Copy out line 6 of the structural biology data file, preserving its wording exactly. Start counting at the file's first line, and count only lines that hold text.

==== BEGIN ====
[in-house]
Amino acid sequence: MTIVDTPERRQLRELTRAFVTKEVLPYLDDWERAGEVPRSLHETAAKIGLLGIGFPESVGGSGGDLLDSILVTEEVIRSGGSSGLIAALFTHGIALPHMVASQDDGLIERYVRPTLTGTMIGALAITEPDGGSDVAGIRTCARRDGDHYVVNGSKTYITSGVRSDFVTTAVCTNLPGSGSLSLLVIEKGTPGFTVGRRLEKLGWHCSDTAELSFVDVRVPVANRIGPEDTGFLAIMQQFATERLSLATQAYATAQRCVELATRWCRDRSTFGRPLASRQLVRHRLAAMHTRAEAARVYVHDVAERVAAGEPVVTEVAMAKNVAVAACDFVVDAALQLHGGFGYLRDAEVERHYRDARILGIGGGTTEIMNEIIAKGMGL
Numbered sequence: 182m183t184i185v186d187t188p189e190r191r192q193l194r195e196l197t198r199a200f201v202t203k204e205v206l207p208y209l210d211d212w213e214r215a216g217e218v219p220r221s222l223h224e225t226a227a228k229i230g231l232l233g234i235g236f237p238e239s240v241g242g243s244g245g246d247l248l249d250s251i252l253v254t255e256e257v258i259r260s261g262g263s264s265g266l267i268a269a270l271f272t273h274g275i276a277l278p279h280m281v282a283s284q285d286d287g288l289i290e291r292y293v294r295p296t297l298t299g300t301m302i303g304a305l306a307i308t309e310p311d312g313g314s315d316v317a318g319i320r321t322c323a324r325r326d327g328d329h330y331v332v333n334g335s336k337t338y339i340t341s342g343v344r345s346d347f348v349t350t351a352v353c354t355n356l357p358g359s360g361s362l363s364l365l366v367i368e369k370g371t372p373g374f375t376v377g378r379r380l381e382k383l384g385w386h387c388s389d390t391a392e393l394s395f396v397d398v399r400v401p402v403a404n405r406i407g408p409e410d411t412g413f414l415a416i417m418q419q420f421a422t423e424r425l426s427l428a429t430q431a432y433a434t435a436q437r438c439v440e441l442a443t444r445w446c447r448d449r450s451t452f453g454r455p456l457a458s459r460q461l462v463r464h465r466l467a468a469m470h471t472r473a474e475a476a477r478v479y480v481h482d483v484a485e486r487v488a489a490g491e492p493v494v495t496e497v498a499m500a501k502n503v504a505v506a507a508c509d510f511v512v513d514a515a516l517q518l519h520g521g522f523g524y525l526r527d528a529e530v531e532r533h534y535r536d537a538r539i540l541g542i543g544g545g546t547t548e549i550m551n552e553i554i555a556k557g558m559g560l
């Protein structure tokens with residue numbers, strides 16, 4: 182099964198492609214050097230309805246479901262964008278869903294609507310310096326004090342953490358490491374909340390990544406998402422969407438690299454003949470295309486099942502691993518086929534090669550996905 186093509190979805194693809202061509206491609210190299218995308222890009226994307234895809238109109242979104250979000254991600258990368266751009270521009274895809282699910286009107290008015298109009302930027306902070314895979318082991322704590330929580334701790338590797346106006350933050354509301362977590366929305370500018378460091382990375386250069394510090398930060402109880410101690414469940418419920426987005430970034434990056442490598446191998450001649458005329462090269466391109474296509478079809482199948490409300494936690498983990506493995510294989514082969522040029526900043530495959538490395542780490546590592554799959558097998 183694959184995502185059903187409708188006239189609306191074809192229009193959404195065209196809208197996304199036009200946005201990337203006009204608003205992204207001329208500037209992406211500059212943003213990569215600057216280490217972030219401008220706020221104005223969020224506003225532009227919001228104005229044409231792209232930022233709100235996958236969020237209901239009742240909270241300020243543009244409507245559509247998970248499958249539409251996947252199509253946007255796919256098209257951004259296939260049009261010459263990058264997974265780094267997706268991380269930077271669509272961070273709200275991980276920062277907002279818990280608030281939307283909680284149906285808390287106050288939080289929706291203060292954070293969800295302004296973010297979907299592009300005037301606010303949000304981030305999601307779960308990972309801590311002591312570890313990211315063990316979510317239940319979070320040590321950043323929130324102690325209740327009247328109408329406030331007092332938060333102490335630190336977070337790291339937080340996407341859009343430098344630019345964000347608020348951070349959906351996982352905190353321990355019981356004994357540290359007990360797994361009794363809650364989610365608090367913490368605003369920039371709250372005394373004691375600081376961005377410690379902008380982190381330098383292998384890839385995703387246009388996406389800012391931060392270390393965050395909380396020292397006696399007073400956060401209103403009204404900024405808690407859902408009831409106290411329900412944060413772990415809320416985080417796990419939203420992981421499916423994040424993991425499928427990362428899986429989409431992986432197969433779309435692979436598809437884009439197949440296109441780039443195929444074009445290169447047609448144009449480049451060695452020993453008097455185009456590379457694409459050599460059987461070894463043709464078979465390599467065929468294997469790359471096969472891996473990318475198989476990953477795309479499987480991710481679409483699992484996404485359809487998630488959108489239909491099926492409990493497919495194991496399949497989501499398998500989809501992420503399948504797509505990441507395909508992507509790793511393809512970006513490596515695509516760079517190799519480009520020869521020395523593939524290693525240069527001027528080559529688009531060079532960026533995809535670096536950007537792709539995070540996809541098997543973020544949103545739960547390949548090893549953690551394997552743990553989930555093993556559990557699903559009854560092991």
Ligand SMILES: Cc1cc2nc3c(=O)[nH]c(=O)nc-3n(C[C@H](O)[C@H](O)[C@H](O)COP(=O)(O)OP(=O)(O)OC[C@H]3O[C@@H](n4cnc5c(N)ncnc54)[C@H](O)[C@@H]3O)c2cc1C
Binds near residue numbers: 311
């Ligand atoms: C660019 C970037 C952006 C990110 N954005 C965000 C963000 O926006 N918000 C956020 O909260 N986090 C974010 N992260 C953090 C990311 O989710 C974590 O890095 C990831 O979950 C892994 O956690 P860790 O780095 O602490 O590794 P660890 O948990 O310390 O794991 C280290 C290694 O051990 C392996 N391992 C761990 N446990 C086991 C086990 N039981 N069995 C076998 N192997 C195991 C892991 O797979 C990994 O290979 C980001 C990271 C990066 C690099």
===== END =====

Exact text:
Binds near residue numbers: 311